It was a blunt question from the moderator: Why does rural America care about bringing electricity to Africa?
“Cooperative members like to see other communities prosper. It’s a spirit of generosity that I think is part of our DNA,” answered Dan Waddle, senior vice president of NRECA International. “The members who participate in our program do it with great enthusiasm.”
Waddle was on Capitol Hill for a panel discussion on Power Africa, a United States Agency for International Development initiative to double access to electricity in sub-Saharan Africa.
NRECA International began working in the region in the mid-1980s, and it remains a challenging place. Noting the turmoil that parts of the area have seen over the decades, Waddle pointed to countries including South Sudan, Liberia and Sierra Leone that have seen recent wars. Such countries have “post-conflict environments” with numerous issues.
“None of the necessary ingredients for economic development are present. The biggest hurdle is a lack of education. In some cases, entire generations have gone without educational services,” Waddle told the July 13 session hosted by the Society for International Development-Washington Chapter.
To that end, NRECA International does more than raise poles and string wires—it also focuses on what Waddle called “building human capacity.”
“At the end of the day, building infrastructure is important, but building human capacity is what facilitates sustainability,” he said. It means making sure co-ops in Africa and other parts of the developing world have the knowledge necessary to thrive over the long term.
“If you want Power Africa to be successful,” Waddle said, “you have to think about the sustainability of these investments.”
And that’s challenging.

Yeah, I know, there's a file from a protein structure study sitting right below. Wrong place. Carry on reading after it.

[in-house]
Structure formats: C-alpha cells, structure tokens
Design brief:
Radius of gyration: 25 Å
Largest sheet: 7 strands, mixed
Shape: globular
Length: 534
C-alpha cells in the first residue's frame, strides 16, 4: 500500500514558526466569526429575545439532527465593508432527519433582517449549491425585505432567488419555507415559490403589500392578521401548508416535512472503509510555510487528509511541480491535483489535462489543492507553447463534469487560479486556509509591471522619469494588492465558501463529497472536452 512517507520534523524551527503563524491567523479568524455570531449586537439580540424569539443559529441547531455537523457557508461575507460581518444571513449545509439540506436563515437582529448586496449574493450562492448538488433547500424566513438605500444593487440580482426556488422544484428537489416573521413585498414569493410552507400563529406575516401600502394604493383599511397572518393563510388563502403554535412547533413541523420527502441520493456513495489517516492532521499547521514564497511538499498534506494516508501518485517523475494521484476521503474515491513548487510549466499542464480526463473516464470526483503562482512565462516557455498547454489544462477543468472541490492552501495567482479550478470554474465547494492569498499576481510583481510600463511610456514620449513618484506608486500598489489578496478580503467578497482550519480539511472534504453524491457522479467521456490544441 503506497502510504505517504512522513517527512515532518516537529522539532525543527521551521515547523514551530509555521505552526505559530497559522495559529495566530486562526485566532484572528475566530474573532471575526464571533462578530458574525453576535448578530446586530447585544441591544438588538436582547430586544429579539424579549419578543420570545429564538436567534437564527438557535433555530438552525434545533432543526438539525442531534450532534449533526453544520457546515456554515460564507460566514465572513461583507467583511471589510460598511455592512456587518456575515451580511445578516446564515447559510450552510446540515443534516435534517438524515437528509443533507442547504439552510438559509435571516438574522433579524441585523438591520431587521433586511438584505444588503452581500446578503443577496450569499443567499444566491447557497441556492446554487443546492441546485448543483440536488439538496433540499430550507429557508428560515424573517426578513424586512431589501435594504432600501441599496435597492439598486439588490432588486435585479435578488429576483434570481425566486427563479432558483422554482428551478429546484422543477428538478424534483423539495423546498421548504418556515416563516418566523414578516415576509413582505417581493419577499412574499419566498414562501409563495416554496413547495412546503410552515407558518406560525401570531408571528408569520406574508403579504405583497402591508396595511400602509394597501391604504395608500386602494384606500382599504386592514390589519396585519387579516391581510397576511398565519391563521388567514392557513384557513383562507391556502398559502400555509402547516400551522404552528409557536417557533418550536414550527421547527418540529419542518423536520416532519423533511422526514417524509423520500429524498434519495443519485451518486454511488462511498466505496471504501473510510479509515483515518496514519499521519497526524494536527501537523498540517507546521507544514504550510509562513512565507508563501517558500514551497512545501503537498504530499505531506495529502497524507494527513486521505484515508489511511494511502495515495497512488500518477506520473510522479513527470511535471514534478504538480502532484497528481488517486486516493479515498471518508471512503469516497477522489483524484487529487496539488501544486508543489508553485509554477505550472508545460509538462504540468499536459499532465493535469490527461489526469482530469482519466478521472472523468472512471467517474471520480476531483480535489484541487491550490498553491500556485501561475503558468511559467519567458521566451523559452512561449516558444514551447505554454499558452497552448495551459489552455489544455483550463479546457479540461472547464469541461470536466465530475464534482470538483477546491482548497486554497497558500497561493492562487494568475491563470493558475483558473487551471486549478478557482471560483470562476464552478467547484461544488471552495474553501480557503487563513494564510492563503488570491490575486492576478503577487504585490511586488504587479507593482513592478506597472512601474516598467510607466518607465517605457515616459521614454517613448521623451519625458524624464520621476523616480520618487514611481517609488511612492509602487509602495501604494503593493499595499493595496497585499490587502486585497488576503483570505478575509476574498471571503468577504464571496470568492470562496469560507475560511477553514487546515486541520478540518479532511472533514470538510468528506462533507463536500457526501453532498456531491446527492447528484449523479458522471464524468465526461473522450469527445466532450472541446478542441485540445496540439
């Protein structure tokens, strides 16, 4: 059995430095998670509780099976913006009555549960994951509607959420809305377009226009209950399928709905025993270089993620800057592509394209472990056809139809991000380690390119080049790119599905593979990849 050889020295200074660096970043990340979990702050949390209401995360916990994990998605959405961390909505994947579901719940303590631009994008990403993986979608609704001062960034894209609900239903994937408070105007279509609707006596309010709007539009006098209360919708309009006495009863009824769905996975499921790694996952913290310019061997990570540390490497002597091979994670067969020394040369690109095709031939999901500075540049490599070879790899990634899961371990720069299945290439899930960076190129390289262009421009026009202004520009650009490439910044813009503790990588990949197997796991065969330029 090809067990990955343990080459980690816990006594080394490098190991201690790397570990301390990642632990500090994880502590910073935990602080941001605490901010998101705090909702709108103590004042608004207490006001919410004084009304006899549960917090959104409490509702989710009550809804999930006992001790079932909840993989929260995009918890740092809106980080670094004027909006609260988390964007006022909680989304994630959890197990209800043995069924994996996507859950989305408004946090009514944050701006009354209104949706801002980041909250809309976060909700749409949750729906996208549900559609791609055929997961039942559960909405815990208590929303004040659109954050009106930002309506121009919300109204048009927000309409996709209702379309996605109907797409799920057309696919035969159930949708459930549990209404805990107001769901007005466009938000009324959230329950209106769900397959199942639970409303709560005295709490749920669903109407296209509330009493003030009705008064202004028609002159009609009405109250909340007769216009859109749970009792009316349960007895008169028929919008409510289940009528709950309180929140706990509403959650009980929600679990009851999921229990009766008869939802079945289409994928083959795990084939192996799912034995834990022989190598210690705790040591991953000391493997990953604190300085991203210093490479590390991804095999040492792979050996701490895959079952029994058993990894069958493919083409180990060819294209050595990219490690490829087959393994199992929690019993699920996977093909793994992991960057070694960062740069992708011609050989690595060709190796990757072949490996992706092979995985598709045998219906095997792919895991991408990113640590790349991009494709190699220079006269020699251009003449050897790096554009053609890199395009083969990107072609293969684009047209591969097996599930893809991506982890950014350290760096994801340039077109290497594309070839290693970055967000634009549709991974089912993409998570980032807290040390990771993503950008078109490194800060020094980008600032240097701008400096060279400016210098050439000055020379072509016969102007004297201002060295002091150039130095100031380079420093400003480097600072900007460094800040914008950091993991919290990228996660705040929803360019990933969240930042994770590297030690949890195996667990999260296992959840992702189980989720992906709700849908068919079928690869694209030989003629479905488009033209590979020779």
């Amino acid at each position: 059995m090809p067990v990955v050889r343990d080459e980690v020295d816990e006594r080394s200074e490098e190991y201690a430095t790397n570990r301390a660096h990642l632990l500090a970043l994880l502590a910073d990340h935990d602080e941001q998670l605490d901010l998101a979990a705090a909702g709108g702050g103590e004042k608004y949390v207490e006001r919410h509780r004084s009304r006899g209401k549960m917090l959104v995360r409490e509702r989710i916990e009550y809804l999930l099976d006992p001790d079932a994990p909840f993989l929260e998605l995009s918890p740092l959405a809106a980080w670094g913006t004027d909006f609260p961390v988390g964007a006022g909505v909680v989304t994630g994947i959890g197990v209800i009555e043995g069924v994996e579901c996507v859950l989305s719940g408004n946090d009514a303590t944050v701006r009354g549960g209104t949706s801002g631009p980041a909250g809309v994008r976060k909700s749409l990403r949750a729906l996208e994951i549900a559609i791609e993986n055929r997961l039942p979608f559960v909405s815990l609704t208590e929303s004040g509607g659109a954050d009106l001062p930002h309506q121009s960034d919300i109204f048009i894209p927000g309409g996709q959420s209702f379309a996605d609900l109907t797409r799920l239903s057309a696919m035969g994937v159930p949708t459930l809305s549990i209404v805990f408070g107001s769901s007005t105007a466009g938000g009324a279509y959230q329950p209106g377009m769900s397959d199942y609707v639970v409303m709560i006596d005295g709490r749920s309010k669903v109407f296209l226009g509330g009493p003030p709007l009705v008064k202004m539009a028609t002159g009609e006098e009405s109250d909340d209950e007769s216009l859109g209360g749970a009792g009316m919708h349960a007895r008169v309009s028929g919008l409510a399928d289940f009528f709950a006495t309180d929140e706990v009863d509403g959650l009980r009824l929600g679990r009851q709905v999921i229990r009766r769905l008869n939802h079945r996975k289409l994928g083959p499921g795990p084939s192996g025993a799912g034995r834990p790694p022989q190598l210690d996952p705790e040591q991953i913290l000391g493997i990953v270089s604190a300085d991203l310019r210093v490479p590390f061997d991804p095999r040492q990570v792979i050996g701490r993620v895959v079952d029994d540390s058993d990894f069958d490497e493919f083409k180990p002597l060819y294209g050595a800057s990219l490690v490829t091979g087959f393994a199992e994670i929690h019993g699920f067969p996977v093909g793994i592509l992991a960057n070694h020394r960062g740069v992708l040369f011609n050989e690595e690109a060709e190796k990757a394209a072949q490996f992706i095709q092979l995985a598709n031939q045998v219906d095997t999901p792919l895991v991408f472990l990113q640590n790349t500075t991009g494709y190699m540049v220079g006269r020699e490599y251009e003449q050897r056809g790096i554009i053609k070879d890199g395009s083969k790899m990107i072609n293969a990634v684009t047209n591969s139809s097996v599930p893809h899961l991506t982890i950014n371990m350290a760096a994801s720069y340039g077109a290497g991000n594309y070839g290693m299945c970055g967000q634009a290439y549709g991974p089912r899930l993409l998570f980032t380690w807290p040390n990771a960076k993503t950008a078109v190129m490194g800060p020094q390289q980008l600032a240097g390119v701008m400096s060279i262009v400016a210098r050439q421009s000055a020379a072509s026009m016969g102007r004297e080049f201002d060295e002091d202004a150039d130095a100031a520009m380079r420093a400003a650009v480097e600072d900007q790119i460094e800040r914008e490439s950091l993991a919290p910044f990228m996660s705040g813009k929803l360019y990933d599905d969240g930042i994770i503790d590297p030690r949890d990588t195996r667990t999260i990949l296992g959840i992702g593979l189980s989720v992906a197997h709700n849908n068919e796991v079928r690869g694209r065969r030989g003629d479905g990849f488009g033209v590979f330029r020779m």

“There’s no institute in all of sub-Saharan Africa to train new micro-utility managers,” said Waddle.
To bring home the point, he noted that “most African utilities are collecting about 50 to 60 cents on the dollar” for every kilowatt-hour they sell.
“That’s terrible. You want the recovery factor to be about 90 percent.”
And stable power is key to economic development, said Rep. Ed Royce, R-Calif., House Foreign Affairs Committee chairman. Without dependable electricity, businesses are unlikely to invest in a country, he said, recalling what he saw at the U.S. Embassy in Liberia.
“Every time the electricity went out, the generator had to go on at the embassy, and that cost was like $30,000 every couple of weeks,” said Royce, adding “there’s no way” that a business could put up with that.
For Americans leery of using taxpayer dollars for overseas electrification, Andrew Herscowitz, USAID Power Africa coordinator, pointed out big benefits here at home.
“How many development initiatives can you name that generate massive U.S. exports and create U.S. jobs?” asked Herscowitz.
“[General Electric] alone has done $250 million in exports” and created 1,500 American jobs through Power Africa, he said.